Stories you shouldn’t miss:
1. Governor Jerry Brown asked the state legislature to delay its planned vote on his budget package as he continues to meet with a group of centrist Republicans, the SacBee reports. Brown had set a deadline of today for approval of his plan, but he has yet to garner enough GOP votes to put his tax measures on the June ballot. Democratic leaders of both the Senate and Assembly agreed to delay the budget vote while Brown and the so-called GOP Five are still negotiating.
2. Blacks continued to move from the East Bay’s urban core to the suburbs last decade, the Trib reports, citing new US Census data. Black populations in Oakland and Richmond dropped 23 percent each from 2000 to 2010, and declined 20 percent in Berkeley. Meanwhile, the number of blacks in the Contra Costa County suburb of Antioch doubled, and in Brentwood, it quadrupled. So-called “black flight” from the East Bay’s urban core began in the 1990s.
3. At the same time, many East Bay cities experienced a surge in Latino residents — except for Oakland’s Fruitvale district, the CoCo Times reports. Latinos now represent 39.5 percent of Richmond’s population, surpassing blacks as the largest ethnic group in the city for the first time.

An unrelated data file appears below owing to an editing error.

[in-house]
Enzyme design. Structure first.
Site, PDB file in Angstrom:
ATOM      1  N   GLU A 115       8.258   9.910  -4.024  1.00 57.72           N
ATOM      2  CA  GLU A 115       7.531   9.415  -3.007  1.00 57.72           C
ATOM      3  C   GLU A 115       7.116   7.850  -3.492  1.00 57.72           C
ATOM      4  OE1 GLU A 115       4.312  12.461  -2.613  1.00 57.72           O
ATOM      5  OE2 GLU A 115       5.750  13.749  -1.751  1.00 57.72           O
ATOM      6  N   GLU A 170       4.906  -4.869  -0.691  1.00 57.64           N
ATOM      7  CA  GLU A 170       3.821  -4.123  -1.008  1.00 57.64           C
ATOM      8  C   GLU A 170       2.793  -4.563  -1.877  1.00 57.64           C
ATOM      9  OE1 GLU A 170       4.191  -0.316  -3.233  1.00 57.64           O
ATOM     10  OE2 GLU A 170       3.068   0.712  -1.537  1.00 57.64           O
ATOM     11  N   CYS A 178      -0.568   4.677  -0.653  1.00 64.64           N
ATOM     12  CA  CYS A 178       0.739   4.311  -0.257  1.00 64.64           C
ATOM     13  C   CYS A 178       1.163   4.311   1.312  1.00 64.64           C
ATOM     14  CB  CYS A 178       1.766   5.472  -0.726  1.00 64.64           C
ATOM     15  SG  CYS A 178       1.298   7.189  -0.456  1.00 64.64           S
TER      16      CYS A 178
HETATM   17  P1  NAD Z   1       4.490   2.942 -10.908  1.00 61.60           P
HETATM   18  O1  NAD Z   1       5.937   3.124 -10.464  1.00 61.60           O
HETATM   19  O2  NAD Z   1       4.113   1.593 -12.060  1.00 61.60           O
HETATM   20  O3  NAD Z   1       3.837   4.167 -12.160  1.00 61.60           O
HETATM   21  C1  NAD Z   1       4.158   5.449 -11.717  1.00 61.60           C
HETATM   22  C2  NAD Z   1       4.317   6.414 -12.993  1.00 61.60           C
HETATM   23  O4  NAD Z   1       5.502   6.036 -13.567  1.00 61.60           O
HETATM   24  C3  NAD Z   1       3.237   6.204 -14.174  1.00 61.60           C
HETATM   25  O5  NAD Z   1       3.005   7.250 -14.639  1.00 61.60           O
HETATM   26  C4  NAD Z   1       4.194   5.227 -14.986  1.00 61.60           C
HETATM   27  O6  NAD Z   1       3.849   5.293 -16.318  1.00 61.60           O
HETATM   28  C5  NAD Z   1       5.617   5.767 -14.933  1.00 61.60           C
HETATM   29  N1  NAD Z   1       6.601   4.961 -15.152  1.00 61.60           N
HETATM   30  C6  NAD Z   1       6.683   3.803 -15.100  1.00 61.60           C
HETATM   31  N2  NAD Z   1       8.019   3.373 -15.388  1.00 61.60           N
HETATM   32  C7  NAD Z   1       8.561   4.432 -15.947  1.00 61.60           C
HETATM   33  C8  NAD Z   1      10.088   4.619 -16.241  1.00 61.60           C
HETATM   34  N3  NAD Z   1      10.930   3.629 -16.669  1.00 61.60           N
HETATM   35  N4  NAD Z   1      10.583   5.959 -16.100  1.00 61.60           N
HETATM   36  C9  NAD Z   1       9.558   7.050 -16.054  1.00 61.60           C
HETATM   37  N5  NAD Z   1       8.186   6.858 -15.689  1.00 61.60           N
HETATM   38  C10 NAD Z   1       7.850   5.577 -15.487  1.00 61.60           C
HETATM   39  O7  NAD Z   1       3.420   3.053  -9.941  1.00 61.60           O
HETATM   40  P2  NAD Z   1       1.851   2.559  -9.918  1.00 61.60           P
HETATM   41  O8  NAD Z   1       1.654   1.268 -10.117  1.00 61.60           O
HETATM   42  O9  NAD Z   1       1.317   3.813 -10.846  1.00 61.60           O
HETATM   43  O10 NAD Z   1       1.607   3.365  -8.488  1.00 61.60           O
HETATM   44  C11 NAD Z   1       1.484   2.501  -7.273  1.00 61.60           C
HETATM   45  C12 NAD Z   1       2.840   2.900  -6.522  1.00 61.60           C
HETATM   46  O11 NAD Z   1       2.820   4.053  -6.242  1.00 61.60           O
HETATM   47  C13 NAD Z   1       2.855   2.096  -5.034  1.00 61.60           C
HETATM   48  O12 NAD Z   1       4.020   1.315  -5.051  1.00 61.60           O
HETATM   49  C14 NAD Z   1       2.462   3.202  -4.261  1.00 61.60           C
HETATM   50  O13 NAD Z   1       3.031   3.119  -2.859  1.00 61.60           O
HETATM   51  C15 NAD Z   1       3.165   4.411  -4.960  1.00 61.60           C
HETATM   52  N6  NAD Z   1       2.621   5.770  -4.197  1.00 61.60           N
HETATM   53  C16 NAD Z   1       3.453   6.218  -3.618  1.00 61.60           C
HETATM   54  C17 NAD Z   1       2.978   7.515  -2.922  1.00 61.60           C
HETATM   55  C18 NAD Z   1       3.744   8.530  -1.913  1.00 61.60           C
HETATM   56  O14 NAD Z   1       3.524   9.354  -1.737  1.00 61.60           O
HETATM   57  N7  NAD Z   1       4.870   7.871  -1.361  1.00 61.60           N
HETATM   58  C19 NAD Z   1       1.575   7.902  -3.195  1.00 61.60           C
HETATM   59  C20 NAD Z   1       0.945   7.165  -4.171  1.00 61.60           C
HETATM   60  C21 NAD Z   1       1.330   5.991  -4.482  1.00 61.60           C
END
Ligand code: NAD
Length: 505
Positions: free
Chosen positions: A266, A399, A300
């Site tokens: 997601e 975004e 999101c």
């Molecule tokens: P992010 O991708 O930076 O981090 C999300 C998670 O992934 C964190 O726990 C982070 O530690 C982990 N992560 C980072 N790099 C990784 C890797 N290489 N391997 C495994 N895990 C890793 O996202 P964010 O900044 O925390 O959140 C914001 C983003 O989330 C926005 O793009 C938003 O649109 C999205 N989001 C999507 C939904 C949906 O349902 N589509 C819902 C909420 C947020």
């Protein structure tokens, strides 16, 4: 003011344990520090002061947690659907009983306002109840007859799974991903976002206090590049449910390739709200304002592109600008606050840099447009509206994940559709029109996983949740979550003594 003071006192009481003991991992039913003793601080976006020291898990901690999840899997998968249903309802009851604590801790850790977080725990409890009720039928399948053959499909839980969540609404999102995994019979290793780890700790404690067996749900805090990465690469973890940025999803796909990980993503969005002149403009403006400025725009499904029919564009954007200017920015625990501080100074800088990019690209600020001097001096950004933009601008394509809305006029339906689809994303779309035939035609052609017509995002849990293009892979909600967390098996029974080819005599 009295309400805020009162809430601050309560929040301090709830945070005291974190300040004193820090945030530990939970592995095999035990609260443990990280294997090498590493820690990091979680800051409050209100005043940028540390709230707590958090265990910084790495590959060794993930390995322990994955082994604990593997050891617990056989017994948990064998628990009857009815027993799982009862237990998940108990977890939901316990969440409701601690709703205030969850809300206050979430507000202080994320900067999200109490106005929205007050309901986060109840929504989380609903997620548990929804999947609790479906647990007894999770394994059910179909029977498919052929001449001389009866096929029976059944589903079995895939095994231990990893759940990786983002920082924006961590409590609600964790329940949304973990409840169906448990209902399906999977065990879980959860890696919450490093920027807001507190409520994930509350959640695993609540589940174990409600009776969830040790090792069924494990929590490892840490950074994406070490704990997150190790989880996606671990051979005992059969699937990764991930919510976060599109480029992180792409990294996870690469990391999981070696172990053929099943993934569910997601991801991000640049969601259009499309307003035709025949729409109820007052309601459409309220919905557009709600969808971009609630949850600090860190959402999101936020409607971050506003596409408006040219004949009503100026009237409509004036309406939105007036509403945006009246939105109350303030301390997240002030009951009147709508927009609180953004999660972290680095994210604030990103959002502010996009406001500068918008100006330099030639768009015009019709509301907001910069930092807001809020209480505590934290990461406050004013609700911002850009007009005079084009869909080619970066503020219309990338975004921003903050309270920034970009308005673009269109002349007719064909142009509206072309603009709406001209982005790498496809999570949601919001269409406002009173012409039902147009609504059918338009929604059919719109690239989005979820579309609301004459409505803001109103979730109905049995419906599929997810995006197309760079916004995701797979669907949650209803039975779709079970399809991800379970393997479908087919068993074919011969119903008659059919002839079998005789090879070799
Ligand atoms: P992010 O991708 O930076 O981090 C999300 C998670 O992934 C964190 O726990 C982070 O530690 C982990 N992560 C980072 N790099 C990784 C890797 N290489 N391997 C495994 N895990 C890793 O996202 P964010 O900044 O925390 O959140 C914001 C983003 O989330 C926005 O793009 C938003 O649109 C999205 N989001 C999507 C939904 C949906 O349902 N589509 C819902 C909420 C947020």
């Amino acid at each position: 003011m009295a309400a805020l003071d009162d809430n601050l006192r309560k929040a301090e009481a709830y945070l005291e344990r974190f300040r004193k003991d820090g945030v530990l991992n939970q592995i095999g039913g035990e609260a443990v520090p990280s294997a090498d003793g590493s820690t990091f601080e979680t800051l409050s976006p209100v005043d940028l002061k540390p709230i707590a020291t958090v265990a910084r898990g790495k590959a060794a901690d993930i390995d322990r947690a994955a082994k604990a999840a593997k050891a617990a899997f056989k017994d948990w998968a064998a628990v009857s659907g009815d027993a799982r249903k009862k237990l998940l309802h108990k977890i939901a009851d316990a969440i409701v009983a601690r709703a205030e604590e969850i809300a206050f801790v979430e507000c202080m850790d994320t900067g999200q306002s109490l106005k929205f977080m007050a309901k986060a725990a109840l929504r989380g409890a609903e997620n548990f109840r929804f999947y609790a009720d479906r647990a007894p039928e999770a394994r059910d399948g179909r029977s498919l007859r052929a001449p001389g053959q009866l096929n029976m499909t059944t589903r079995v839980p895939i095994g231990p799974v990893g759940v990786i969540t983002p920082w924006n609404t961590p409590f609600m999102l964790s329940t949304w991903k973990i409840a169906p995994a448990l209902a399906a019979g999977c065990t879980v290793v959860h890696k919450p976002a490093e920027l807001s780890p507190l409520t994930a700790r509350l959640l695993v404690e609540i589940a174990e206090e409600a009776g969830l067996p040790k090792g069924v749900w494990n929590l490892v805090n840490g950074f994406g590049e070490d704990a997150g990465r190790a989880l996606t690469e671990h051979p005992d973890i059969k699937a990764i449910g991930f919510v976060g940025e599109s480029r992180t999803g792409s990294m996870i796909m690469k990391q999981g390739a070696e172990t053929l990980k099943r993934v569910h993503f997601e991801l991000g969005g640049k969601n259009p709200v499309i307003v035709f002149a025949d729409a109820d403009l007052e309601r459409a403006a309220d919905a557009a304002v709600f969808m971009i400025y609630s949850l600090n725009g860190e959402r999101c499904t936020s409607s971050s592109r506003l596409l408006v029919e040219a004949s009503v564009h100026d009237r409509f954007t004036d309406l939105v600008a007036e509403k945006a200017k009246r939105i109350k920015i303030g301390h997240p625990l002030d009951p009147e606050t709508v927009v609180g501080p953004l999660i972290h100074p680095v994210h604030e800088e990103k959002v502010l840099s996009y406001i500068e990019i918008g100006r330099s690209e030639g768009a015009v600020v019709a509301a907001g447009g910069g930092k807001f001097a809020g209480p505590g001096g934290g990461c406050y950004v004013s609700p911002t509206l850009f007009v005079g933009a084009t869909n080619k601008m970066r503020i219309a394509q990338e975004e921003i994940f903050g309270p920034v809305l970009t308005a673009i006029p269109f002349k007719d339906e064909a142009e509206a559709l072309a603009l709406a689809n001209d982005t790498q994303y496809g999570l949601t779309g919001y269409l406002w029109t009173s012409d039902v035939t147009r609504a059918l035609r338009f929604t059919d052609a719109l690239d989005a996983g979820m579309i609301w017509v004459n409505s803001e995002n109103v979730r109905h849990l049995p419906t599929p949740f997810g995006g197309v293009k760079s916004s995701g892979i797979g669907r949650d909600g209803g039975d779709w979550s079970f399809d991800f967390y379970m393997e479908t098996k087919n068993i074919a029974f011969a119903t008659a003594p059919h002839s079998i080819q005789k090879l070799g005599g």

4. The proposed Indian-gaming casino for Richmond’s Point Molate moved forward this week toward an April 5 decision, the CoCo Times reports. The Richmond City Council voted 4-1 on Tuesday night to approve the project’s environmental impact report, and plans to vote on the project itself on April 5.
5. The federal probe of Emeryville’s Oaks Card Club, which strongly opposes the Point Molate Casino proposal, continued as the director of the club’s Asian gaming section, Hoa The Nguyen, was accused of hiding nearly $1 million in transactions in his personal bank accounts, the Trib reports.
6. Environmentalists and residents of Niles Canyon are attempting to block Caltrans’ ongoing expansion of Niles Canyon Road in southern Alameda County, the Chron reports. Caltrans has already cut down eighty trees in its widening project and plans to remove a total of five hundred. Environmentalists say the project threatens the restoration of a steelhead run in Alameda Creek.
7. The number of chinook salmon off the Northern California coast is at its highest peak since 2006, the Chron reports. The fall-run of chinook in the Sacramento River jumped last fall from an all-time low of 39,500 in 2009 to 153,000.
8. And the nation’s solar industry experienced a banner year in 2010, growing by 67 percent in total value, the Mercury News reports.